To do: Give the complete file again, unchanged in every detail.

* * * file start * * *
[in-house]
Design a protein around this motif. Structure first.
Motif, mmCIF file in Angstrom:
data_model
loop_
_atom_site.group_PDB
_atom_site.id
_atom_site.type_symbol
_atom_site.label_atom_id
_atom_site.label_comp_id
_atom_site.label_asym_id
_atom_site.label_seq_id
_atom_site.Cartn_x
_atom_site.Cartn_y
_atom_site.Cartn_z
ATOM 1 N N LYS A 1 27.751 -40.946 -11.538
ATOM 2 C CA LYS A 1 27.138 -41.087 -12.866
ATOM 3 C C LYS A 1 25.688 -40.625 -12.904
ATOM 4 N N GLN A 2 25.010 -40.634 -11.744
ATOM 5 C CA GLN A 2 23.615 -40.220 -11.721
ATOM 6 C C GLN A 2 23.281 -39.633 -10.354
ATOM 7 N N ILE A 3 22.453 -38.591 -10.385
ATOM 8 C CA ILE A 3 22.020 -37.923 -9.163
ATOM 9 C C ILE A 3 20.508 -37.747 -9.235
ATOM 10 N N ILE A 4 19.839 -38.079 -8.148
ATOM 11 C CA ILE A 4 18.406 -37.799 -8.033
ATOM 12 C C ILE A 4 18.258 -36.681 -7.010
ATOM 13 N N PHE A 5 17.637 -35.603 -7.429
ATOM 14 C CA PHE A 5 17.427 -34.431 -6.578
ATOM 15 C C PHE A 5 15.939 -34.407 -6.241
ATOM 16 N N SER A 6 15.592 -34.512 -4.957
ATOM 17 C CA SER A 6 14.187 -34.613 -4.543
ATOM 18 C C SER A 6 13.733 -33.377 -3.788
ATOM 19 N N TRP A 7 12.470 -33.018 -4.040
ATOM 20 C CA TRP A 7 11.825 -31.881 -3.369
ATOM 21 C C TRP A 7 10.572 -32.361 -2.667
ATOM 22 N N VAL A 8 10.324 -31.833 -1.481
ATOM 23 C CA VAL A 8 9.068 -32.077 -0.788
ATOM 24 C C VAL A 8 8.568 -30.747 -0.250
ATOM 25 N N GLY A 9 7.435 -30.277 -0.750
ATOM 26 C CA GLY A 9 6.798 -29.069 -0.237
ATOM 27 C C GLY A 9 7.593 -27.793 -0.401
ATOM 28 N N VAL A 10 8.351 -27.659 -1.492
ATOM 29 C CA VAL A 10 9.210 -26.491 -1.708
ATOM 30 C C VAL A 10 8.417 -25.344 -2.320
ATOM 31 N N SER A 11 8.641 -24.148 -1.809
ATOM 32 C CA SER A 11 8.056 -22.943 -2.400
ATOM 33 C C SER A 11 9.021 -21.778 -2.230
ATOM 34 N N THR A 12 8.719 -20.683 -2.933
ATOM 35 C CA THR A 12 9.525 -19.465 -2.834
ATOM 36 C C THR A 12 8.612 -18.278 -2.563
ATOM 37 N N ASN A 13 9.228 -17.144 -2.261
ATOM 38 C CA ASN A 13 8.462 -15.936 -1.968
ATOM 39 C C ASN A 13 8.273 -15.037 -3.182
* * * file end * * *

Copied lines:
[in-house]
Design a protein around this motif. Structure first.
Motif, mmCIF file in Angstrom:
data_model
loop_
_atom_site.group_PDB
_atom_site.id
_atom_site.type_symbol
_atom_site.label_atom_id
_atom_site.label_comp_id
_atom_site.label_asym_id
_atom_site.label_seq_id
_atom_site.Cartn_x
_atom_site.Cartn_y
_atom_site.Cartn_z
ATOM 1 N N LYS A 1 27.751 -40.946 -11.538
ATOM 2 C CA LYS A 1 27.138 -41.087 -12.866
ATOM 3 C C LYS A 1 25.688 -40.625 -12.904
ATOM 4 N N GLN A 2 25.010 -40.634 -11.744
ATOM 5 C CA GLN A 2 23.615 -40.220 -11.721
ATOM 6 C C GLN A 2 23.281 -39.633 -10.354
ATOM 7 N N ILE A 3 22.453 -38.591 -10.385
ATOM 8 C CA ILE A 3 22.020 -37.923 -9.163
ATOM 9 C C ILE A 3 20.508 -37.747 -9.235
ATOM 10 N N ILE A 4 19.839 -38.079 -8.148
ATOM 11 C CA ILE A 4 18.406 -37.799 -8.033
ATOM 12 C C ILE A 4 18.258 -36.681 -7.010
ATOM 13 N N PHE A 5 17.637 -35.603 -7.429
ATOM 14 C CA PHE A 5 17.427 -34.431 -6.578
ATOM 15 C C PHE A 5 15.939 -34.407 -6.241
ATOM 16 N N SER A 6 15.592 -34.512 -4.957
ATOM 17 C CA SER A 6 14.187 -34.613 -4.543
ATOM 18 C C SER A 6 13.733 -33.377 -3.788
ATOM 19 N N TRP A 7 12.470 -33.018 -4.040
ATOM 20 C CA TRP A 7 11.825 -31.881 -3.369
ATOM 21 C C TRP A 7 10.572 -32.361 -2.667
ATOM 22 N N VAL A 8 10.324 -31.833 -1.481
ATOM 23 C CA VAL A 8 9.068 -32.077 -0.788
ATOM 24 C C VAL A 8 8.568 -30.747 -0.250
ATOM 25 N N GLY A 9 7.435 -30.277 -0.750
ATOM 26 C CA GLY A 9 6.798 -29.069 -0.237
ATOM 27 C C GLY A 9 7.593 -27.793 -0.401
ATOM 28 N N VAL A 10 8.351 -27.659 -1.492
ATOM 29 C CA VAL A 10 9.210 -26.491 -1.708
ATOM 30 C C VAL A 10 8.417 -25.344 -2.320
ATOM 31 N N SER A 11 8.641 -24.148 -1.809
ATOM 32 C CA SER A 11 8.056 -22.943 -2.400
ATOM 33 C C SER A 11 9.021 -21.778 -2.230
ATOM 34 N N THR A 12 8.719 -20.683 -2.933
ATOM 35 C CA THR A 12 9.525 -19.465 -2.834
ATOM 36 C C THR A 12 8.612 -18.278 -2.563
ATOM 37 N N ASN A 13 9.228 -17.144 -2.261
ATOM 38 C CA ASN A 13 8.462 -15.936 -1.968
ATOM 39 C C ASN A 13 8.273 -15.037 -3.182